We had to push the trip back to mid November because of other scheduling conflicts and we were rolling the dice weatherwise. Anything after the first of November is asking for trouble. The week before we went in it was in the 70’s and beautiful. The forecast for our week was to be 20’s and 50’s with maybe a few nights in the teens, this was following some light snow the days before we arrived. Not too bad but on the edge of comfort especially when lots of wading is in order.
Scott and I flew in to Las Vegas at 12:30 (pacific time), where Lee was waiting for us. Rental car, off to REI for gas canisters and last minute needs, then the grocery store for a few items and on the road by 3:00 (mountain time) for the 270 miles to Tropic, Utah. As we headed north we could see storm clouds on the horizon. As we got near Cedar City, at dark, snow flurries began flying. We had to go over two passes near 8000’ and had snow flying on both but the roads were passible. We got to the motel by 7:20, no snow down at 6000’ feet! Dinner, packing, pass out from exhaustion.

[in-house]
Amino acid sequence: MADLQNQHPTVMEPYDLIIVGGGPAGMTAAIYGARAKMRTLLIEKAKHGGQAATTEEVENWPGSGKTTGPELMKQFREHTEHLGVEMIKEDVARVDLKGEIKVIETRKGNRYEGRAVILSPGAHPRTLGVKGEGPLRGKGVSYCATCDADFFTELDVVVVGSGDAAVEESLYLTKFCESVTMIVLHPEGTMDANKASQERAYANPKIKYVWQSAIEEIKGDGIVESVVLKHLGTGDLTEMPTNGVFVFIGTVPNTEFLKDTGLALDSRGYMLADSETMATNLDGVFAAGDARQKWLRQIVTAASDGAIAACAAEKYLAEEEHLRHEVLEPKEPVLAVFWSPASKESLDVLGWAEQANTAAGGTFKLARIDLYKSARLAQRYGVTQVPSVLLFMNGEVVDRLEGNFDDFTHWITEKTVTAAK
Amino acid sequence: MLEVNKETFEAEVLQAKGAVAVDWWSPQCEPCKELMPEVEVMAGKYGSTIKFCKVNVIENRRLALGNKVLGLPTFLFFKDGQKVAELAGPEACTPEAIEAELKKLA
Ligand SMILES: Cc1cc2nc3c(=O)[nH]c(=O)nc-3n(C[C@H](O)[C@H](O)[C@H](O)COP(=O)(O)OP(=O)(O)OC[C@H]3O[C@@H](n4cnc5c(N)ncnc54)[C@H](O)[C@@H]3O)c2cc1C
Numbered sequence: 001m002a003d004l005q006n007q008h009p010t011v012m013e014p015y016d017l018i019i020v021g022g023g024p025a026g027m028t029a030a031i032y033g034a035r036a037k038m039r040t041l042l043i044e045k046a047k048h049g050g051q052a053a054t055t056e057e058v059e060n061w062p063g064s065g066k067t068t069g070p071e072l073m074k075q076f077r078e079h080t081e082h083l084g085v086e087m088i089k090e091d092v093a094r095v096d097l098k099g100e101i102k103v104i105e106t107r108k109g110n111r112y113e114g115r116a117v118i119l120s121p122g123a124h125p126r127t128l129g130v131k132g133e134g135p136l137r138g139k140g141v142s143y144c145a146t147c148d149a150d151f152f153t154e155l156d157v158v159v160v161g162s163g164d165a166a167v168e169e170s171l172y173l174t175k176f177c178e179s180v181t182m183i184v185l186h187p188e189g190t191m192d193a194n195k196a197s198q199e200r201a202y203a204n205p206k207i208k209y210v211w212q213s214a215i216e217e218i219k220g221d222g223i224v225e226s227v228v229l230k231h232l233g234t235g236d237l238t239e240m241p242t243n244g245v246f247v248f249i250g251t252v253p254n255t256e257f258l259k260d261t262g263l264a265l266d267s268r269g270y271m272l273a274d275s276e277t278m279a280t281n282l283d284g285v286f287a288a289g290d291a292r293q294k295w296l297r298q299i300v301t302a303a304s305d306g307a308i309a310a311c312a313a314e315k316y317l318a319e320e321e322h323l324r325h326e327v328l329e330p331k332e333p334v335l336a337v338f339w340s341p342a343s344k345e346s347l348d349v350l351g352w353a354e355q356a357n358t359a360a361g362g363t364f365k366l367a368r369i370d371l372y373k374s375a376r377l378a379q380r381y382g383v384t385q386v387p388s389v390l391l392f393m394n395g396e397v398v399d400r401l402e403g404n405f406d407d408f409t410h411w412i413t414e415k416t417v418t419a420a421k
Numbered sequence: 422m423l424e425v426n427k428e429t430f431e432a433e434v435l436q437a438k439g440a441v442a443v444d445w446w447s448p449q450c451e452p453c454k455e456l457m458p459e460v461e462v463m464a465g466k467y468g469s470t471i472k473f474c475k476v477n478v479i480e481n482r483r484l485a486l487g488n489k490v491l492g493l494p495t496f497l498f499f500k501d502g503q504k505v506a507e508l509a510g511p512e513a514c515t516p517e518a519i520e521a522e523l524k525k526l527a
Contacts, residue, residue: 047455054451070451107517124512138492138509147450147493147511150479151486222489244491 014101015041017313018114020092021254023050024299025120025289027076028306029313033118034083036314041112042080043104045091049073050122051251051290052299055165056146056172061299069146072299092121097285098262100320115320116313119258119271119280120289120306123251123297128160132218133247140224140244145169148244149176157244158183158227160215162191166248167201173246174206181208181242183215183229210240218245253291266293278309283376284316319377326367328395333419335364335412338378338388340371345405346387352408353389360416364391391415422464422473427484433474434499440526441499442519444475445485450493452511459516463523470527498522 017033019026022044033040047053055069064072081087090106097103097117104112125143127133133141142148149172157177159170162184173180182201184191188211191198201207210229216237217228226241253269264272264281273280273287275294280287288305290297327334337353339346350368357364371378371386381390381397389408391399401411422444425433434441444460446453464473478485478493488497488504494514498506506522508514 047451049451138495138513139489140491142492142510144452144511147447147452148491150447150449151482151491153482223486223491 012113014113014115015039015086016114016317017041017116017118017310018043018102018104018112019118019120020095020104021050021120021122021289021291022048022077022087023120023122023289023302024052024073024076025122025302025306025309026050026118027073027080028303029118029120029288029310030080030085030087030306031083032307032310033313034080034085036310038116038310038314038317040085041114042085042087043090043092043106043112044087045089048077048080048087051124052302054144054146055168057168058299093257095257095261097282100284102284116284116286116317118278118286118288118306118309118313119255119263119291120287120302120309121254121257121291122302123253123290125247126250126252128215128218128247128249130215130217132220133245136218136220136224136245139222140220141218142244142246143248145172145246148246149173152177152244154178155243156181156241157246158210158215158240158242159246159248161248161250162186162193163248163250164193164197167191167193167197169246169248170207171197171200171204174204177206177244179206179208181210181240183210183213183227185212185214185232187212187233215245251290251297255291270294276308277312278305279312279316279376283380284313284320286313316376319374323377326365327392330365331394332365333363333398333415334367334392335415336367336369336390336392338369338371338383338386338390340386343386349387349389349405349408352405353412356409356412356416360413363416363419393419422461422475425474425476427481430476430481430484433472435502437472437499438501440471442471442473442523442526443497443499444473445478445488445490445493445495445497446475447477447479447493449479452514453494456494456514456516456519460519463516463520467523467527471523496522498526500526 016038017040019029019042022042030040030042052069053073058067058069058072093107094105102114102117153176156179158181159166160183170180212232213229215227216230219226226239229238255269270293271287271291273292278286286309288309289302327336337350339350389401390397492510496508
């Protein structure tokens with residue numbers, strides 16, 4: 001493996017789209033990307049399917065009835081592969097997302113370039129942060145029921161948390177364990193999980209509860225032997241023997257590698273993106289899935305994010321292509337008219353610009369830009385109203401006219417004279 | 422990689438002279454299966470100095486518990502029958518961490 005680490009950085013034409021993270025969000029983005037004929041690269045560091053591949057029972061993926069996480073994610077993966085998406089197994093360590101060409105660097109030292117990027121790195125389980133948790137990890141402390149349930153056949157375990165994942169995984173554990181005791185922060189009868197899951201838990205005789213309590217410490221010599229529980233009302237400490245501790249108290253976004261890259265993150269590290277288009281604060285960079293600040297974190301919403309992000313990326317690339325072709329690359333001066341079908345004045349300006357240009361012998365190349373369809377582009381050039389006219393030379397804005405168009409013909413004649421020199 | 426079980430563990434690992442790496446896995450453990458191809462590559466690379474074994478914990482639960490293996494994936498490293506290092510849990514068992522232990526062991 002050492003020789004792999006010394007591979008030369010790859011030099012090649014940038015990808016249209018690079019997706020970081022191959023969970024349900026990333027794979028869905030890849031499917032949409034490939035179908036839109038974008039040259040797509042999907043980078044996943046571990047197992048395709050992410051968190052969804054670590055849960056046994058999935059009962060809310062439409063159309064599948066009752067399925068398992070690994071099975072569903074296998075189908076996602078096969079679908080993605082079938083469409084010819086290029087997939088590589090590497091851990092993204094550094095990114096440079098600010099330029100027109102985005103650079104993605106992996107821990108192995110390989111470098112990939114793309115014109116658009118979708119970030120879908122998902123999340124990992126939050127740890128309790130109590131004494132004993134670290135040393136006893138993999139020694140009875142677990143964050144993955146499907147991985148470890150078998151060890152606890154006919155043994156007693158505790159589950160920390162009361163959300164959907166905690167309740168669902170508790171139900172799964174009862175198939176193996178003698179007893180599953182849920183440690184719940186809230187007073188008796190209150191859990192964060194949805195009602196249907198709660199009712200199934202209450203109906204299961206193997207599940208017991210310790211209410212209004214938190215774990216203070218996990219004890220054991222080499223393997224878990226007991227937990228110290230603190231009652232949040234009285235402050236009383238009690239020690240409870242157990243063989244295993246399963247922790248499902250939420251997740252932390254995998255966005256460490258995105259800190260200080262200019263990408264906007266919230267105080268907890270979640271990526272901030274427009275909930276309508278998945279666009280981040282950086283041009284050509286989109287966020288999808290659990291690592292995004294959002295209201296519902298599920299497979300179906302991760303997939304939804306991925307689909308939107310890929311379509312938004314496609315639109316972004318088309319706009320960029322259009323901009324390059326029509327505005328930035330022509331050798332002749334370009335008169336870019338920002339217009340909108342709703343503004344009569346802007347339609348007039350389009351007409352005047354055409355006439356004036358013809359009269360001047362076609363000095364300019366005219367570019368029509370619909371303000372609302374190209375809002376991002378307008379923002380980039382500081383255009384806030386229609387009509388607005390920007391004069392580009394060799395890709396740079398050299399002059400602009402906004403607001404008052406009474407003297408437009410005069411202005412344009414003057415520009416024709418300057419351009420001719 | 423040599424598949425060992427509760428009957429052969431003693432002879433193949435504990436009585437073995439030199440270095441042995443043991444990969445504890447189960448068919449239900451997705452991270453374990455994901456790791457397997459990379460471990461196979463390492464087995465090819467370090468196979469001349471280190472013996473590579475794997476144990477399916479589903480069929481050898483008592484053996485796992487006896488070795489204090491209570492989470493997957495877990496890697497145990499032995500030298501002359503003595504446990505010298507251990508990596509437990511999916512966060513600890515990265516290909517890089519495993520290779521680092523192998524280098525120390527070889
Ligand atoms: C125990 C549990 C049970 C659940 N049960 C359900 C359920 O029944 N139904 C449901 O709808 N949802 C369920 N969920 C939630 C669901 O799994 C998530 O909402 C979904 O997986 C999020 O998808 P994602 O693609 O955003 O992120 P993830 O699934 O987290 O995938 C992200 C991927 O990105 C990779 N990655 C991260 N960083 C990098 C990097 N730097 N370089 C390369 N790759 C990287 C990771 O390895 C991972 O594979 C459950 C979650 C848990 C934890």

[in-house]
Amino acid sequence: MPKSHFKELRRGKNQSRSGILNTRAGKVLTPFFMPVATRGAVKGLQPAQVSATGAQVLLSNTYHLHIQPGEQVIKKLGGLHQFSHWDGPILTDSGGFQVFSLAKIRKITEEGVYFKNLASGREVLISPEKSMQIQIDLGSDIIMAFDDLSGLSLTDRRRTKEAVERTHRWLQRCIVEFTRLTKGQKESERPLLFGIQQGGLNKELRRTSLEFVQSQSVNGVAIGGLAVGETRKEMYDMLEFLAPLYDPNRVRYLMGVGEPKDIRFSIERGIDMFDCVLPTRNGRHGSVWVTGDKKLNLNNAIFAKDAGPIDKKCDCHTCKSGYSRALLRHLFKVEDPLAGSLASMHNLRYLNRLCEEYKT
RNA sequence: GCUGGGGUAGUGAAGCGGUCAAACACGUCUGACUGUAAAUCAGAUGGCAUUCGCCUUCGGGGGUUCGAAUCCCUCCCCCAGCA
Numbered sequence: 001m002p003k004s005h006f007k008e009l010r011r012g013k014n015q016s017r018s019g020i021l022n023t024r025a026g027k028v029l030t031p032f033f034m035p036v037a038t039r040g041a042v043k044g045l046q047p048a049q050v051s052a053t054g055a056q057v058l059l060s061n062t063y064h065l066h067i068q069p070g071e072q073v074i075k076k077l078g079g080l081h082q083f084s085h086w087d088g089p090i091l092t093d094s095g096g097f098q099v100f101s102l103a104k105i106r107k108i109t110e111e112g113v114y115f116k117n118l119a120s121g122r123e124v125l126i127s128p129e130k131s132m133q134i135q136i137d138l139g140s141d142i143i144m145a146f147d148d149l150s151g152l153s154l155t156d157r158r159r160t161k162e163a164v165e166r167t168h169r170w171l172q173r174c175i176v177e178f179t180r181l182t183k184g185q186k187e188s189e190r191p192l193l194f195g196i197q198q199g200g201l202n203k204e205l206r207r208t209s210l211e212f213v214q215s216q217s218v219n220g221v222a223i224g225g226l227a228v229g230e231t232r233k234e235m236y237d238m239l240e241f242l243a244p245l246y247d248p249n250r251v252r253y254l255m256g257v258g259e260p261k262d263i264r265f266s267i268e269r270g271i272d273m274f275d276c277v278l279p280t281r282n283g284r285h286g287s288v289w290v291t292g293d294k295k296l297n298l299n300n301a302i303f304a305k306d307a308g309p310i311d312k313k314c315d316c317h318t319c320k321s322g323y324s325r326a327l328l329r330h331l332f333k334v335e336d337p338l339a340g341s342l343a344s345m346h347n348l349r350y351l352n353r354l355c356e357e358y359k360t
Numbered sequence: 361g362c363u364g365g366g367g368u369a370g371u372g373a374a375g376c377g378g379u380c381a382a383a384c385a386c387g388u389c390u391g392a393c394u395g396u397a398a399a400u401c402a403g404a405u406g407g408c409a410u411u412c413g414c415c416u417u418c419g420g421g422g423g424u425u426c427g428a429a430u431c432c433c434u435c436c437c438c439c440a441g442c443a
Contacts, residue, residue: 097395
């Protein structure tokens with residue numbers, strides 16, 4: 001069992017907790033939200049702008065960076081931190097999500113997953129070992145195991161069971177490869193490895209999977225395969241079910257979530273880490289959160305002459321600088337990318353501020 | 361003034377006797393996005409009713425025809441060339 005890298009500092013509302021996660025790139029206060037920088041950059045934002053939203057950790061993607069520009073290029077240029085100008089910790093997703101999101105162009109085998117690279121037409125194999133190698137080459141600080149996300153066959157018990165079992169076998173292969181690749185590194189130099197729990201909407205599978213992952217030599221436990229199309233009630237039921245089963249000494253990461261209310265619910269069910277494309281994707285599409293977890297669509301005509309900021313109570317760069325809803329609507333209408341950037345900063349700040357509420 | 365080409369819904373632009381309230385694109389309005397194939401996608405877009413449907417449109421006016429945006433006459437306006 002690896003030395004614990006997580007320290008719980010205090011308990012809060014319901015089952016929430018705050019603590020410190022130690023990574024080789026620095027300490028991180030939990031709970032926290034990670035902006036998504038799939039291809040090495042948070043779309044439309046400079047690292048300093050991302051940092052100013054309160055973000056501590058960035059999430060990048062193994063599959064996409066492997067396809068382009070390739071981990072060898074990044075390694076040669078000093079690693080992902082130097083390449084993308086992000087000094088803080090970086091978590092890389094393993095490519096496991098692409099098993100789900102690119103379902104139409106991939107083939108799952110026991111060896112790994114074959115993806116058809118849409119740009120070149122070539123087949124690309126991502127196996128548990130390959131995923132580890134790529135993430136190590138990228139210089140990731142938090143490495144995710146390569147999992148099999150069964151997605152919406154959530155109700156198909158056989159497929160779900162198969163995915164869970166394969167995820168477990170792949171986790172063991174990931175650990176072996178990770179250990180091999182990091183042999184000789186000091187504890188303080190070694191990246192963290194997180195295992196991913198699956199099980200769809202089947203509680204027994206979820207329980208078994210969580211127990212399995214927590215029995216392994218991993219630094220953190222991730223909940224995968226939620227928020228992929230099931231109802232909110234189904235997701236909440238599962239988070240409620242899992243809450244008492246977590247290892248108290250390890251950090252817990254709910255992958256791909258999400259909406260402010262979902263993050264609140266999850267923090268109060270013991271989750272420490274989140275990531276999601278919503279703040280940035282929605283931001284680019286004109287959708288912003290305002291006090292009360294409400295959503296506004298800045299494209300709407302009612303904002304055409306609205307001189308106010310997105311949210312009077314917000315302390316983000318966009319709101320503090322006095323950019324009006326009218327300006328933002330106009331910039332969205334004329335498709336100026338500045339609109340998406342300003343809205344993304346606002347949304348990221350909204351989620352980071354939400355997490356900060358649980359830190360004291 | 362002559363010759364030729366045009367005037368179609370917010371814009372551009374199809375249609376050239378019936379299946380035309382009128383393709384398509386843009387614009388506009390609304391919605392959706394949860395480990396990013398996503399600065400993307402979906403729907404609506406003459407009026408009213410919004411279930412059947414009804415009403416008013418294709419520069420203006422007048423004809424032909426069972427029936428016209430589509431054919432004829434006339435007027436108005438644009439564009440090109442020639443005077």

We awoke to a brilliant morning with clouds moving out fast and 24 degrees. On the road to the Cannonville visitor center for the GSENM for our permit (free but required, no reservations or limits on entry like the lower Paria) and they were closed for Veterans Day even though I had called to make sure they would be open! Screw them we were going in anyway, permitless. We drove on south past Kodachrome Basin State park and then about 3 miles down dirt roads to Rock Springs Creek. The Chevy Cobalt handled the dry roads well, we parked next to an old corral and headed down canyon just after 9:00.